The following press release was distributed by Stanislaus County's Agricultural Commissioner's Office on Thursday, Oct. 29, 2015.
Modesto, October 29, 2015 – The Stanislaus County Agricultural Commissioner, in cooperation with the California Department of Food and Agriculture are beginning an extensive survey and treatment program in response to the detection of two Asian citrus psyllids on a residential property within the City of Turlock in Stanislaus County.
Two Asian citrus psyllids were confirmed on Monday, October 26, 2015. To establish the extent of the infestation, an increased number of yellow sticky panel traps...
Sacramento, July 10, 2015 - The California Department of Food and Agriculture (CDFA) and the United States Department of Agriculture (USDA) have confirmed detection of the citrus disease known as huanglongbing (HLB), or citrus greening. The disease was detected in plant material taken from a kumquat tree in a residential neighborhood in the San Gabriel area of Los Angeles County.
This is the second time HLB has been detected in California. The first detection occurred in 2012 in a residential citrus tree in Hacienda Heights, about 15 miles from San Gabriel.
HLB is a bacterial disease that attacks the vascular system of plants. It does not pose a threat to humans or animals. The Asian citrus psyllid can...
[From the April 2015 issue of the UC IPM Retail Newsletter]
In June 2013, we wrote about the Asian citrus psyllid (ACP) in UC IPM's Retail Nursery and Garden Center News. At that time, ACP was mostly found in parts of Southern California. It has since been detected in multiple locations in the Central Valley and has been detected in the San Francisco Bay Area. Thus, the psyllid is established near, or threatening much of, California's commercial, nursery, and residential.../span>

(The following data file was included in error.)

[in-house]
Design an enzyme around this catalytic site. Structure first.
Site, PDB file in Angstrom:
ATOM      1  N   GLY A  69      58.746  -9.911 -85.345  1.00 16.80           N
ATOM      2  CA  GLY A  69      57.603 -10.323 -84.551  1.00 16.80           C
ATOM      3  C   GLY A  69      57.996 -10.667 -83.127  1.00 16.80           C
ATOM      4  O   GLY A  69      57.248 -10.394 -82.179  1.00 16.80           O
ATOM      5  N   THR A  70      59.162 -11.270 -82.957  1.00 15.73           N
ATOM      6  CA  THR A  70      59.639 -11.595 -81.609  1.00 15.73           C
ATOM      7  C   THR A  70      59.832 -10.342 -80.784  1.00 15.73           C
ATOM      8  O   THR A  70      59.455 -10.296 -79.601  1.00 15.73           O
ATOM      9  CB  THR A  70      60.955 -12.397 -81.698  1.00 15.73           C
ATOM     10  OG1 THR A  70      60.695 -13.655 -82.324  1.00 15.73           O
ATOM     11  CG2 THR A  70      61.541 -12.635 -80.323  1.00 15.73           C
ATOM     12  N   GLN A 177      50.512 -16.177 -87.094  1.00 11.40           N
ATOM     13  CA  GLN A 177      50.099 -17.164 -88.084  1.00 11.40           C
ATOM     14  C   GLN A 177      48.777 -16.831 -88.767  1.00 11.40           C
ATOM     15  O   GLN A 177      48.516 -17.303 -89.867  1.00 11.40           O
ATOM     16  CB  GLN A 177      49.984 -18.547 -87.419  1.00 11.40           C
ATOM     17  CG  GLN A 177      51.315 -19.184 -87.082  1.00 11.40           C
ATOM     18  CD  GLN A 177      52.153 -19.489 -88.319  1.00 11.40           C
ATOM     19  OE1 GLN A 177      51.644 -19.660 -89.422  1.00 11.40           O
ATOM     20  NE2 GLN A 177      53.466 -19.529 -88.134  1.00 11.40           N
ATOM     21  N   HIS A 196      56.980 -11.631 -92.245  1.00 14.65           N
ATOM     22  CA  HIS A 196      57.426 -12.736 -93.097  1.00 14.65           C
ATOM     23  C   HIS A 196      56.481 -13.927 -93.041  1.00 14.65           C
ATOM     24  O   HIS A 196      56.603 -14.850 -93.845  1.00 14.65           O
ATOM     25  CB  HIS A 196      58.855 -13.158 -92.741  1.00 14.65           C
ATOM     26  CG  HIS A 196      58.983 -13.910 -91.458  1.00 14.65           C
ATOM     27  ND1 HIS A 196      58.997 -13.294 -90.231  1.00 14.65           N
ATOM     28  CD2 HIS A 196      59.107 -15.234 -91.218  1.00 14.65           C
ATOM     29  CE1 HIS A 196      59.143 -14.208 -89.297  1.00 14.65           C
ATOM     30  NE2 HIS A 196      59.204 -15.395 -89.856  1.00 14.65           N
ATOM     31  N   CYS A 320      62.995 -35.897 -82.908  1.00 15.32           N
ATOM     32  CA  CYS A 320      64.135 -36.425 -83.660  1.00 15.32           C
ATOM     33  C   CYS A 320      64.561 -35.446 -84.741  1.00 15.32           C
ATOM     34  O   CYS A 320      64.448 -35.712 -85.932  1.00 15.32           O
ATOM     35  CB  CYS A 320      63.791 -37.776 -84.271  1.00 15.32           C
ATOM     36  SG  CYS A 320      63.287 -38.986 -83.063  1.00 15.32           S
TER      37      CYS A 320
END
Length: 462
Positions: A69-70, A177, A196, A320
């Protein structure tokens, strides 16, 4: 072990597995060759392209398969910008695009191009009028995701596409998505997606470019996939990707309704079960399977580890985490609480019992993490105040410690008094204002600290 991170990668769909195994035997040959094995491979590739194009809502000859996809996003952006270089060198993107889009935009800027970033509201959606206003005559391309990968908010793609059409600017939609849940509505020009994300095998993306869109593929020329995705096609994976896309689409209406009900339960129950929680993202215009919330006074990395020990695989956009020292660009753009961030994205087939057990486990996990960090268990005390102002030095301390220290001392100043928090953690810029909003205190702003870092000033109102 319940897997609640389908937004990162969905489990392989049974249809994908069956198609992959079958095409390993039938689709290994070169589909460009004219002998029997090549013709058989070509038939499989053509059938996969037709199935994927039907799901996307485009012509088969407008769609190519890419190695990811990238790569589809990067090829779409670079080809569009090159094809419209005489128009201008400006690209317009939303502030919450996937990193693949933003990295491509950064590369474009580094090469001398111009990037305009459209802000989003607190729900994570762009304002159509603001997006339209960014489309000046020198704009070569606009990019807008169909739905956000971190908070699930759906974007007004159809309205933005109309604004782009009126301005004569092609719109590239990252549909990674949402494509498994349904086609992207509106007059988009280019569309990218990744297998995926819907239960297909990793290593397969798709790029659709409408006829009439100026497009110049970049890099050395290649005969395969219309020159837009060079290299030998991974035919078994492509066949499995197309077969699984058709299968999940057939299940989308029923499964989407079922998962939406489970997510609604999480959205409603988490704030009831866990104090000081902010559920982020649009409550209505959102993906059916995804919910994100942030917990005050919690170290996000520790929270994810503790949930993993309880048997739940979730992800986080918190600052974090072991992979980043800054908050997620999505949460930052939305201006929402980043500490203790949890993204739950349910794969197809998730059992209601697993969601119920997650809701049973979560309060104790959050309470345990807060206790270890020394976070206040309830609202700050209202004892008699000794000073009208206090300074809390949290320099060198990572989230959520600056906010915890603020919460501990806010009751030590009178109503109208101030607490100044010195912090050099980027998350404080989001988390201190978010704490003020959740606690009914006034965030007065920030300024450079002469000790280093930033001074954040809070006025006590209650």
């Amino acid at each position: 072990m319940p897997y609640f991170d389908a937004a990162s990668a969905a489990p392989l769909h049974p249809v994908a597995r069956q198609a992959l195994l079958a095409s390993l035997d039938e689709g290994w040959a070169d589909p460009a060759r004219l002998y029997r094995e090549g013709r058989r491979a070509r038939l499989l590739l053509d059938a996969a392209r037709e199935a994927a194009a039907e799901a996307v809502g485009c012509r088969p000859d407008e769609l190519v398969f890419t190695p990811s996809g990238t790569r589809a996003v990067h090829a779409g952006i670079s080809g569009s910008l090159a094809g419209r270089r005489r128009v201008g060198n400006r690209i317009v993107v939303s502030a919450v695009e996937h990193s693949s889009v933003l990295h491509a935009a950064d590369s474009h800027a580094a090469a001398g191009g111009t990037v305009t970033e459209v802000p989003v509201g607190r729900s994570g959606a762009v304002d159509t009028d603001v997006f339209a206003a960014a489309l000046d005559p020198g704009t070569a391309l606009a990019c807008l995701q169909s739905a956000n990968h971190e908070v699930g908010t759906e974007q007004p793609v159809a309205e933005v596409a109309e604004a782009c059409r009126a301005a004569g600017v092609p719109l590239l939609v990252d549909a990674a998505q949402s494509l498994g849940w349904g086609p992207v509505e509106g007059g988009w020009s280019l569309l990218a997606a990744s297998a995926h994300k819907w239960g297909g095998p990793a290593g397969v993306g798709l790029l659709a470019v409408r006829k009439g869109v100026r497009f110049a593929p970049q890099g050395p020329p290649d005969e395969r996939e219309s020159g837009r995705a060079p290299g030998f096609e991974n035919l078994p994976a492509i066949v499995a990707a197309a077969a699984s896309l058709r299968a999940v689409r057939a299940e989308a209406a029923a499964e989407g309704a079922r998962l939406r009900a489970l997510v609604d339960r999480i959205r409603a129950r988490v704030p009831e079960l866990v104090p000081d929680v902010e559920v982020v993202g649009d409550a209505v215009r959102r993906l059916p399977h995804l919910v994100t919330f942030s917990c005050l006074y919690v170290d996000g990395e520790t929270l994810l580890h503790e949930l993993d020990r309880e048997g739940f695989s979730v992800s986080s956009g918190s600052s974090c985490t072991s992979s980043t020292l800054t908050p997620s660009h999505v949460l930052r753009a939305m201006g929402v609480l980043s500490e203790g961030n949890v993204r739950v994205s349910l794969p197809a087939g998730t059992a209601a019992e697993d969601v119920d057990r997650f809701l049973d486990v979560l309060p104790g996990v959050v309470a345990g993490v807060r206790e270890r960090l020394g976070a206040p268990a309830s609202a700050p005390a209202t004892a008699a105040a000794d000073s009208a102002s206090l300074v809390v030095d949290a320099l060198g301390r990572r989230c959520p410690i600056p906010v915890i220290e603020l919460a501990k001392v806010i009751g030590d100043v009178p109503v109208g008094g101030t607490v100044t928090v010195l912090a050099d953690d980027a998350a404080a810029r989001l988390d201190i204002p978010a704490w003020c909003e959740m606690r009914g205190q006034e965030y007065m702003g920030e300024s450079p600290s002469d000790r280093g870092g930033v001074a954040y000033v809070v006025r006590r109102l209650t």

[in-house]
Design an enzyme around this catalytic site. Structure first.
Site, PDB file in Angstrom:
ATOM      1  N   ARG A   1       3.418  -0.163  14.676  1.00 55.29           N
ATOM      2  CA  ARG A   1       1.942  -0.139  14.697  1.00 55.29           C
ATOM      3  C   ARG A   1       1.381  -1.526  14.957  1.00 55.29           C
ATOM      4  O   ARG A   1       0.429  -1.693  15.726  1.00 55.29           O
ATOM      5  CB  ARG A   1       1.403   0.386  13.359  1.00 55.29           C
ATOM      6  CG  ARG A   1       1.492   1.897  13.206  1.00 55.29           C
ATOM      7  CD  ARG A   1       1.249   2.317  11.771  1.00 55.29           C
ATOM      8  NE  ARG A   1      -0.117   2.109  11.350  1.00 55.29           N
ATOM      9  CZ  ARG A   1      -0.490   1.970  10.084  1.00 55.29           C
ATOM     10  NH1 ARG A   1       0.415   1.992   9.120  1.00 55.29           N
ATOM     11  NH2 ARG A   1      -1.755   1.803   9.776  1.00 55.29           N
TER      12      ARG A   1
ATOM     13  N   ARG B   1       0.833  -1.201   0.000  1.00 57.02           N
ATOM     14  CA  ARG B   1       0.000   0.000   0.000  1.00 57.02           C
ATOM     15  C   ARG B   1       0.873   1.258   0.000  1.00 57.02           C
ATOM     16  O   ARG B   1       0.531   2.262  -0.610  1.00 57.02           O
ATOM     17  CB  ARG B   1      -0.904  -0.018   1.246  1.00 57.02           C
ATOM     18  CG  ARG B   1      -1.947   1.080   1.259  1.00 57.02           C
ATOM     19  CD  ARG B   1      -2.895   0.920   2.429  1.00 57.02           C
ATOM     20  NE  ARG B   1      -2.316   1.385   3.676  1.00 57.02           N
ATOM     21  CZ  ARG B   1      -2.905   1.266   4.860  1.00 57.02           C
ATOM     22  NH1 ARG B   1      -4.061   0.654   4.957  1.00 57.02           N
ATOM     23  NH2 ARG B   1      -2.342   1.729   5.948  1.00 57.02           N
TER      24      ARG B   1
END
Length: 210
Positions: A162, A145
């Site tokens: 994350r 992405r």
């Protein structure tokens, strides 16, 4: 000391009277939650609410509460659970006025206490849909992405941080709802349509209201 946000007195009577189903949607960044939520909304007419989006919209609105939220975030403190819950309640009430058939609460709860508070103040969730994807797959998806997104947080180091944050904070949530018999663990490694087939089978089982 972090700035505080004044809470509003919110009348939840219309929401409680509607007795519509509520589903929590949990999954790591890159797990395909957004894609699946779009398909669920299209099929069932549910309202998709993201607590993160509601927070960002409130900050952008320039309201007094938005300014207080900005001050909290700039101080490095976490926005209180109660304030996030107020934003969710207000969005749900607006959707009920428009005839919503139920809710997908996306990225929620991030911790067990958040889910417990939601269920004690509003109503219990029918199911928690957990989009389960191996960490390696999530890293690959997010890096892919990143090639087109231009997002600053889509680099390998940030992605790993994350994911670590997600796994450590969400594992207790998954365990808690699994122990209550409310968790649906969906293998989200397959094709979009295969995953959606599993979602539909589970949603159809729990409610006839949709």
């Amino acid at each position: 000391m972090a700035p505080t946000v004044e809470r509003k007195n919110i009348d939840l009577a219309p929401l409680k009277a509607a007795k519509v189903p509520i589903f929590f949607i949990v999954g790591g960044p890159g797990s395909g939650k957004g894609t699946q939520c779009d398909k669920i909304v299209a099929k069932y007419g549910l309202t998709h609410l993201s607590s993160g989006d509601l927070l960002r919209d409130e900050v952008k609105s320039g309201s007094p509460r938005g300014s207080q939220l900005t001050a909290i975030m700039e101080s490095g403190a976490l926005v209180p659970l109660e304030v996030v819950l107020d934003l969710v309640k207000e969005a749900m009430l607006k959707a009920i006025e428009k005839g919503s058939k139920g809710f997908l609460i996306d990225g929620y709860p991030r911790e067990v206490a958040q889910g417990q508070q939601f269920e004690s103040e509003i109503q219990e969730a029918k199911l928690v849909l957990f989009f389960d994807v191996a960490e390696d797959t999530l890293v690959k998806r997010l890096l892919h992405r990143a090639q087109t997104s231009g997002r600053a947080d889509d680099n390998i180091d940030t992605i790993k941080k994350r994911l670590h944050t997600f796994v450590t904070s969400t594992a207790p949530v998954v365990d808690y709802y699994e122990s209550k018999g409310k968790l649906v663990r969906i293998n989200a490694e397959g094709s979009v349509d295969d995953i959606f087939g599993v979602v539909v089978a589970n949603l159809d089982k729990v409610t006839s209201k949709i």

[From the December 2014 issue of the UC IPM Green Bulletin]
In August 2012, we wrote about the Asian citrus psyllid (ACP) in UC IPM's Green Bulletin newsletter. At that time, ACP was found only in San Diego, Imperial, Riverside, San Bernardino, Los Angeles, and Orange counties. It has since been detected in Ventura, Santa Barbara, San Luis Obispo, Fresno, Kern, and Tulare counties, and in the last three months has been found in San Joaquin and Santa Clara counties (Figure.../span>
Every year, California receives, on average, six new exotic invasive pests of concern; that's about one new pest every 60 days. These may be plants, insects or other arthropods, mollusks, plant pathogens such as fungi and bacteria, vertebrates, or any other organism not native to our state and with the capacity to negatively impact agriculture, urban environments and/or natural ecosystems. These invasive pests enter California on plant material and other biological substrates, as hitchhikers on trade goods and in ship ballast water, and sometimes even because of smuggling operations. Without the natural enemies that kept them in check in their native lands, they are free to reproduce and wreak havoc. Such pest invasions may then lead to...